Snooker World Championship 2016 Preview

Apr 16th, 2016 Betting Tips, Previews

Crucible Theatre in Sheffield

The BetFred Snooker World Championship 2016 marks the pinnacle of the sport, and the highlight in the calendar for professionals and snooker fans alike. Since it was founded in 1927, it has remained the premier event in the sport, with a prize pot equalling the prestige of the competition. In 1977, the tournament moved to its spiritual home at the, arguably the most famous venue in the sport and home to the championships in every year since. Playing out over 17 days, it pits the world’s best snooker players against each other, to settle on an ultimate winner on the first Monday in May.

The history of the tournament has been littered with big names, near misses, and fresh talent, and thanks to widespread TV coverage, has introduced millions of new fans to the sport. The knock-out format gives fans the chance to enjoy the thrills and spills of each frame, as players progress through the stages to reach the final. The final is among the most viewed sporting events on terrestrial TV in the UK, and is arguably hugely significant in the establishment of snooker as the popular sport it remains today.

Stephen Hendry (7 wins), Steve Davis (6 wins) and Ray Reardon (6 wins) sit atop the pile, as the most successful players ever to grace the competition. Indeed, some would argue this alone qualifies these players as the best the sport has ever seen.

As Ronnie O’Sullivan chalks his cue in preparation of this year’s tournament, he will surely have one eye on joining them, and cementing his 6th win would feel just for a player who has been utterly dominant at the table in recent years.

Tournament Format

The format of the World Championship was fixed in 1982, and has remained the same in the years that followed. The tournament is structured around knock-out phases, which aim to conclude by the first Monday in May, when the final of the championship is played. The top 16 players in the world are invited automatically to take part, while a further 16 qualifying places are available for anyone who can make it through the qualifying stages. There are three qualifying rounds, which follow a similar format to the main tournament. Those players who win in the qualifying rounds are then invited to take part alongside the seeded players in the first round of the championship.


Each match is played over 19 frames in the first round, graduating upwards to 33 and 35 frames in the semis and final respectively. This makes for tense snooker, and allows the action to ebb and flow in the way that has made this tournament so popular for so long.

The Ones To Watch

Ronnie O’Sullivan

Never one to write off going in to any tournament, Ronnie O’Sullivan remains the man to beat, and probably the most scary draw for any would-be contender along the way. Possessing a natural talent and flair that is unseen in most professionals, there is always an air of genius when Rocket Ronnie is at the table. His personality makes him a key fan favourite anyway, but with unparalleled break building skills and the ability to squeeze a result from the toughest of situations, Ronnie O’Sullivan is the bookies favourite for this year for a reason.

Ronnie O’Sullivan

Added to that, chasing down a 6th title win has the feel of legacy about it, and Ronnie will most definitely want to find himself at the top of the wins table before his career is through. With two wins to go to equal Stephen Hendry, he will certainly be fired up and ready to challenge in this year’s field.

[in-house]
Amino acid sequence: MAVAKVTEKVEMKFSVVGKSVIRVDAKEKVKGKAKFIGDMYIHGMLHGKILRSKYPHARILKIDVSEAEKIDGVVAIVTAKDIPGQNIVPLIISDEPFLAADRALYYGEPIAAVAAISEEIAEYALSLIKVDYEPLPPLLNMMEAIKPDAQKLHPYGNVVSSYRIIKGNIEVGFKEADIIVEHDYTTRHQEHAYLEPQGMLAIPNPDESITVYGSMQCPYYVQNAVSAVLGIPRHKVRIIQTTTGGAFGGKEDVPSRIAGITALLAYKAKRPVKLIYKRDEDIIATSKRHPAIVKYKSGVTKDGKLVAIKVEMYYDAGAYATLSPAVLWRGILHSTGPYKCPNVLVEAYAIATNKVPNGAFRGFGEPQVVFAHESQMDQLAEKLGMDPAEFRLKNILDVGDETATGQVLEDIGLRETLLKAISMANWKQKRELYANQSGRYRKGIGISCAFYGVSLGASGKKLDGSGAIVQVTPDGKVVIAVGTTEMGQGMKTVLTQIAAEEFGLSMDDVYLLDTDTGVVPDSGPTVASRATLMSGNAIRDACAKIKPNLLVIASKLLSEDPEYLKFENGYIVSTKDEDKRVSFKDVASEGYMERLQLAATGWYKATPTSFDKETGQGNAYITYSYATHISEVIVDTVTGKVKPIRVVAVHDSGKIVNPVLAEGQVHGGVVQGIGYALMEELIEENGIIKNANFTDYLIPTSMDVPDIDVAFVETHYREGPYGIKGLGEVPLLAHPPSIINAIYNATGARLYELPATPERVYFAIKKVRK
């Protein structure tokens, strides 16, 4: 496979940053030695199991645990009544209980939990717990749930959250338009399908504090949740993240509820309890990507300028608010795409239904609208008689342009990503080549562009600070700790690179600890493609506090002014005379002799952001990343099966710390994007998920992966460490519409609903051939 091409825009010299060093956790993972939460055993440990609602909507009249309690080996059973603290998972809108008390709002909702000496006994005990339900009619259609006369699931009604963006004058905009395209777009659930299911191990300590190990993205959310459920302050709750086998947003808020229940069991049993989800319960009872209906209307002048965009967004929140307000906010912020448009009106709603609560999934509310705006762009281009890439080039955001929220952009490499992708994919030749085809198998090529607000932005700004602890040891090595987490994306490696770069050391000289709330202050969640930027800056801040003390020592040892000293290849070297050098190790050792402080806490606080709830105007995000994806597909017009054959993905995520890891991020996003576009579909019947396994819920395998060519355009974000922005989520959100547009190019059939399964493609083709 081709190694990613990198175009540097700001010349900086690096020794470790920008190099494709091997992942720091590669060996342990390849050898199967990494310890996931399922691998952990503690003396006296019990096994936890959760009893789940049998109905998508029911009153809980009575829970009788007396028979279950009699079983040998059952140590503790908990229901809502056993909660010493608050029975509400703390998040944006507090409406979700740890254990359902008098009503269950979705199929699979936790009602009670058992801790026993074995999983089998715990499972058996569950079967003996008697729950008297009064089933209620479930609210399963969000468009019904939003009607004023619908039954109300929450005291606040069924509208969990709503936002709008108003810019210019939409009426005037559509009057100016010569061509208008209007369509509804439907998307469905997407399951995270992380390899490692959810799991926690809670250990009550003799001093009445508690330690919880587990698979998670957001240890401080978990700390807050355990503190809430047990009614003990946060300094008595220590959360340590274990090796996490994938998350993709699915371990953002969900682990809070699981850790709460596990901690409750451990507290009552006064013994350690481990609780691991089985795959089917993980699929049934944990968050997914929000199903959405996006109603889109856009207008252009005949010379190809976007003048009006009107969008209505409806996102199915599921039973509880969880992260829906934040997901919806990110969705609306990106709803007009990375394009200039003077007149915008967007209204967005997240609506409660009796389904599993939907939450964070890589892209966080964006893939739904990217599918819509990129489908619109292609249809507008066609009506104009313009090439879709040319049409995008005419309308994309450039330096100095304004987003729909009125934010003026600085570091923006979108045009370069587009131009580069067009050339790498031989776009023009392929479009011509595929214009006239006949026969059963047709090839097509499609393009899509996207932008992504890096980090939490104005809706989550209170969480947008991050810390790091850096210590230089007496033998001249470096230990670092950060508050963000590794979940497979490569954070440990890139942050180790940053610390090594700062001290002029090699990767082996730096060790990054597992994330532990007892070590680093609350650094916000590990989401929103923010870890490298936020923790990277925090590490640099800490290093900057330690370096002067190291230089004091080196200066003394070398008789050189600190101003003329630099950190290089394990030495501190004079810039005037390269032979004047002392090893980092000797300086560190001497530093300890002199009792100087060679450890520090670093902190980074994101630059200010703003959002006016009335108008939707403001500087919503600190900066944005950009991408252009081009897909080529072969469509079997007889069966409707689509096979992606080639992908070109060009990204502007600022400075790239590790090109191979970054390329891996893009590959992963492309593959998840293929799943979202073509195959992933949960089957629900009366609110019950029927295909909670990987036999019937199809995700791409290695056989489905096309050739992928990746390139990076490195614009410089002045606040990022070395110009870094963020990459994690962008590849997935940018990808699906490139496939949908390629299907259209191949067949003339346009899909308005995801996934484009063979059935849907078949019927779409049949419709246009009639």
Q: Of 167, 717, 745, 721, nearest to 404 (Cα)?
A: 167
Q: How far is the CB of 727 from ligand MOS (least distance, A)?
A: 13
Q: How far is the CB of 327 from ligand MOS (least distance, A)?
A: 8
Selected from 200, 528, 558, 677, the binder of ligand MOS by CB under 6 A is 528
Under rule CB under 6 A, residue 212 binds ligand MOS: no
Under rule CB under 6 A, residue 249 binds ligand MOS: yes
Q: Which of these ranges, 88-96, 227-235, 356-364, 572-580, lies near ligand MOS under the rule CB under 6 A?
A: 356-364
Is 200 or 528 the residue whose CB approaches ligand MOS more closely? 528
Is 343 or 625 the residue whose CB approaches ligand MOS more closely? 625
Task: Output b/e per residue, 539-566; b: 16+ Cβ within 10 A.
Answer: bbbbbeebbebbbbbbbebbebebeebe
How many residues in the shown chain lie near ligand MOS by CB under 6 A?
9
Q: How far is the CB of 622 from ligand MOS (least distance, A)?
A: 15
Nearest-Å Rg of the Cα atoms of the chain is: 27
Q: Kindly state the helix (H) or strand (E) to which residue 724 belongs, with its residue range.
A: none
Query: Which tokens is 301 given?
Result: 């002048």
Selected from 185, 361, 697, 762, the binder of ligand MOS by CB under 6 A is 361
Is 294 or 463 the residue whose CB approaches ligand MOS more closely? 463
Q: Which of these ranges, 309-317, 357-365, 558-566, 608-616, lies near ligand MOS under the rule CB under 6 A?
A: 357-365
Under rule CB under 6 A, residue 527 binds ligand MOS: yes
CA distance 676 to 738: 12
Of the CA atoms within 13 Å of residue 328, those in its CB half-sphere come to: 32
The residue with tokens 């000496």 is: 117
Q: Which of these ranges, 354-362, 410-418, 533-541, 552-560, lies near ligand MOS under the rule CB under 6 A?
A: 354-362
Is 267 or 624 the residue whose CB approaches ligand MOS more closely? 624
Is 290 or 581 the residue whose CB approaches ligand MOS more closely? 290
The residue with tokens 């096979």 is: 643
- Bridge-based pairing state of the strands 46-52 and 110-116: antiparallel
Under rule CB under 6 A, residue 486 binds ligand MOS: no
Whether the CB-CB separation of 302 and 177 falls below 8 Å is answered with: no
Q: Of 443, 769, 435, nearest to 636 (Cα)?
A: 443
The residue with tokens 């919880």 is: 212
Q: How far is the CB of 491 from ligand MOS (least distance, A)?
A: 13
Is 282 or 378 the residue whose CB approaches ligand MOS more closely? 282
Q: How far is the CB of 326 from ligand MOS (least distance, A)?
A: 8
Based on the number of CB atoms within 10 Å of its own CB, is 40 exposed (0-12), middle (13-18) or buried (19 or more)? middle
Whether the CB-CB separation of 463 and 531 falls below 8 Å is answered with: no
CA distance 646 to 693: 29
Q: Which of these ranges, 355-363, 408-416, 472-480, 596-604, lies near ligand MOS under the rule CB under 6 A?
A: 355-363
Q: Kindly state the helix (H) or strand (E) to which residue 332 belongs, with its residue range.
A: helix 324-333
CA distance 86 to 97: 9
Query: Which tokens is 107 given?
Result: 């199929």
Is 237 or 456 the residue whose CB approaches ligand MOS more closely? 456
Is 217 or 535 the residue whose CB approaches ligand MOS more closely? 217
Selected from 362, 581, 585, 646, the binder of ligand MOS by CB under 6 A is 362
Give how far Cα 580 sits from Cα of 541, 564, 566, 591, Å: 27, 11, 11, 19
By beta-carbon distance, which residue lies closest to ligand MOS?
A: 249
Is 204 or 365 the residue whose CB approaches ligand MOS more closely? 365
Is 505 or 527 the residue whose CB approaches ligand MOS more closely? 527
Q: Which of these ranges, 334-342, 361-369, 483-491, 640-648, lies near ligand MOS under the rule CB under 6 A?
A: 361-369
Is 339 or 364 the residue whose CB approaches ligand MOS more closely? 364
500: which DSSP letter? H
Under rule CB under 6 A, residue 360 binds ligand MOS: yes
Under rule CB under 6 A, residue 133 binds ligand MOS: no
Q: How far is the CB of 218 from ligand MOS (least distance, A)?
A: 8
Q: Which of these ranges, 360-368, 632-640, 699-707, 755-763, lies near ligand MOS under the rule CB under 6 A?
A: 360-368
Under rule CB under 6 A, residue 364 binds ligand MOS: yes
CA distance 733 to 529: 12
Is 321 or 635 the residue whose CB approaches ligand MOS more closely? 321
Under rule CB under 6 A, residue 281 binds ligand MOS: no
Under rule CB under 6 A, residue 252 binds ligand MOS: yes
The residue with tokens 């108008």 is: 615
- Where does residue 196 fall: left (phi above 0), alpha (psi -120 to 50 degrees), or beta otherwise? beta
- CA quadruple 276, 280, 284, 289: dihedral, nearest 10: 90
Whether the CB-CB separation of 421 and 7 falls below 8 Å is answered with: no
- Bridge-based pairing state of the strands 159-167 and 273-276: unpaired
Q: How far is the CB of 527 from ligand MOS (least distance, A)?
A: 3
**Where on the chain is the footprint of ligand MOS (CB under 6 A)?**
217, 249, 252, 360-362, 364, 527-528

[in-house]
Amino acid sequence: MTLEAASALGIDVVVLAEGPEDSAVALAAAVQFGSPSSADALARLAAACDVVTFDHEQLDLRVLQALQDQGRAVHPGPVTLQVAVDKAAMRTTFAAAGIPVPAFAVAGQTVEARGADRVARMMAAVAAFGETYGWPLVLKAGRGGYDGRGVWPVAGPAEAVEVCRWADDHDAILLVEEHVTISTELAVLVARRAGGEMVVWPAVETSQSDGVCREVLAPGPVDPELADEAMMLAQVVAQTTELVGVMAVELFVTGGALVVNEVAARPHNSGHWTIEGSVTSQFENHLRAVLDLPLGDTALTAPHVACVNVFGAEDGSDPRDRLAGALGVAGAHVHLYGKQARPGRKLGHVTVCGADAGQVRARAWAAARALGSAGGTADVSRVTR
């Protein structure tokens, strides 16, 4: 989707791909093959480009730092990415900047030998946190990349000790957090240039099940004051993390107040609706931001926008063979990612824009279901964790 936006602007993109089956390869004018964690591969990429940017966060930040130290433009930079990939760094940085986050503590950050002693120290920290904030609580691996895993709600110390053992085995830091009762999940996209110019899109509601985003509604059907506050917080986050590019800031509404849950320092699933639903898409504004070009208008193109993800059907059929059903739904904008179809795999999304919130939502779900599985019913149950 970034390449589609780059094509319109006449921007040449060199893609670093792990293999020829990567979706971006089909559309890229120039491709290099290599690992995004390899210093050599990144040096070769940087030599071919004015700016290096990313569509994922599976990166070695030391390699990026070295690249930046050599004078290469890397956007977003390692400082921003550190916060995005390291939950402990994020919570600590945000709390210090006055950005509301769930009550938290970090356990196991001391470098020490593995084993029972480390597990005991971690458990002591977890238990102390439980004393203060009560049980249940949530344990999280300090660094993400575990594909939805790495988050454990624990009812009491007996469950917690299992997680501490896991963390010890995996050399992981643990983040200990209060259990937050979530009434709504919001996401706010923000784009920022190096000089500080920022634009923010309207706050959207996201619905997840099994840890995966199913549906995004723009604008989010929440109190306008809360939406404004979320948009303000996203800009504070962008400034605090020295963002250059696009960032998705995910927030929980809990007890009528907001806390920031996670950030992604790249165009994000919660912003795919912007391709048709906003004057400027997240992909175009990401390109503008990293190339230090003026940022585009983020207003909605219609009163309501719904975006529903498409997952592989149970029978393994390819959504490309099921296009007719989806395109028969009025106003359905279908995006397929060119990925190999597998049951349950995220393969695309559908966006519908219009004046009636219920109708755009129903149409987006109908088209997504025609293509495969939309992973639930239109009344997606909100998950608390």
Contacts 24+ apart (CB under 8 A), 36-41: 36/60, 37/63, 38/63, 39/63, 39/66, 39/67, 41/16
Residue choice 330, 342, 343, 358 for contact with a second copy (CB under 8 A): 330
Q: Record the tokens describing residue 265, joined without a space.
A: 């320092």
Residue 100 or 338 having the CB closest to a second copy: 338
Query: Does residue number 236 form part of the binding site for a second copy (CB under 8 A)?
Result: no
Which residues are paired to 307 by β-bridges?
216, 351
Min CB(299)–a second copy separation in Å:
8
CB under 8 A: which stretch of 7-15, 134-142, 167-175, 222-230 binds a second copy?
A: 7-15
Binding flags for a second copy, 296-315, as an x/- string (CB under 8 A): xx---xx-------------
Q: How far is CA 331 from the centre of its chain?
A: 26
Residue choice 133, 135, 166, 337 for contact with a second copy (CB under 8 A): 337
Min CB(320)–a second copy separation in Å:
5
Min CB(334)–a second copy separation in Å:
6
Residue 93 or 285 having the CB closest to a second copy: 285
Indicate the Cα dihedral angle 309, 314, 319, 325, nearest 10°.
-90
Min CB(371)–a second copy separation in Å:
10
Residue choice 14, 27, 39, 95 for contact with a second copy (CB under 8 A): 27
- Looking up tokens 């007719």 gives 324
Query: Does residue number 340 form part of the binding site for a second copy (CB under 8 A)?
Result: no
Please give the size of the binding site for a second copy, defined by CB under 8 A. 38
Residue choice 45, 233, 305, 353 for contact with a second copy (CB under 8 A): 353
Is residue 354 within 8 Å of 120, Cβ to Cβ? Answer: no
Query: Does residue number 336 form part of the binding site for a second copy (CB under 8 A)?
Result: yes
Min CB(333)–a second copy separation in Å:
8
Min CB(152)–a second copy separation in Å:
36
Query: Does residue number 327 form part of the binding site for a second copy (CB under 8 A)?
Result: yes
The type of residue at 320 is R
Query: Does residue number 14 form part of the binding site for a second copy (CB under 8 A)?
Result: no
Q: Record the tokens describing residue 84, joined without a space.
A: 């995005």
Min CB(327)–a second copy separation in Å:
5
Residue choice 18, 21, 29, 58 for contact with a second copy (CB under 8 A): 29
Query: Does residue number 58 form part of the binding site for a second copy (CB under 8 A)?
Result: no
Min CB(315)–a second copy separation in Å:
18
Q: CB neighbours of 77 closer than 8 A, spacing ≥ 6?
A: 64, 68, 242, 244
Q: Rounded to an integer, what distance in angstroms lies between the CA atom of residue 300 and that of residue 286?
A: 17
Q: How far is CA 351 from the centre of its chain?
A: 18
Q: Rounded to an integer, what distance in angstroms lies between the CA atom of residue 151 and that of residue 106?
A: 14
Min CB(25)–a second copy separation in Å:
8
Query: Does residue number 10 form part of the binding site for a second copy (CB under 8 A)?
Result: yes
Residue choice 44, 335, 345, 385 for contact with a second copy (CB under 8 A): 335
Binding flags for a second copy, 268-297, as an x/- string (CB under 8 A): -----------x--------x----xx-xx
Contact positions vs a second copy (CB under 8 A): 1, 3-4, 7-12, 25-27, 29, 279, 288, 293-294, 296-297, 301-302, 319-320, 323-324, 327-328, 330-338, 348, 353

Neil Robertson

In a world where Ronnie O’Sullivan wasn’t a constant threat, Neil Robertson would clear up. The talented Australian first broke through in 2006/07, and has battled his way to the top of the field since. A consummate professional with bags of ability in ever facet of the game, his methodical, step by step approach to dismantling opponents has made him a serious threat to any would-be champion. Expect to see Neil there or thereabouts come final day – it often takes a special performance to counter his impressive skills. The bookies have Neil as the second favourite to win at the Crucible this year, and he justifiably looks like a solid contender.

Judd Trump

The ‘Ace of the Pack’ Judd Trump is another one to watch this year. Very much in the ascendency of his career, Judd is an entertaining player to watch and follow, and has already racked up impressive achievements throughout his career. Born in 1989, he still has potentially decades to go in his career, and certainly several years before he reaches his peak. Could 2016 be another breakthrough year for Judd Trump? It looks likely. But whether he is able to conquer all comers at the Crucible remains to be seen. By no means a long shot bet, the odds on Trump might well tempt you to back Englishman in this year’s contest.

Stuart Bingham

Spare a thought for last year’s champion, Stuart Bingham – at 38, the oldest winner of the World Championships since Ray Reardon in 1978. Starting life as a 28-1 outsider for this year’s tournament, he would seem to be just out of reach of the last few stages. Indeed, back to back title wins would be considered an amazing achievement, and one that few seem to have confidence in Bingham to complete. Of course, there are other players who are looking more on-form, but don’t go writing off Bingham too early on. His performance at the Crucible last year showed just how clinical he can be, and his world number 2 ranking is more than justified by his performance. An outside chance perhaps, but Bingham may still prove to be one to watch at this year’s championships, and having beaten O’Sullivan, Trump and Shaun Murphy along the way to his win last year, he may still have what it takes to win again.

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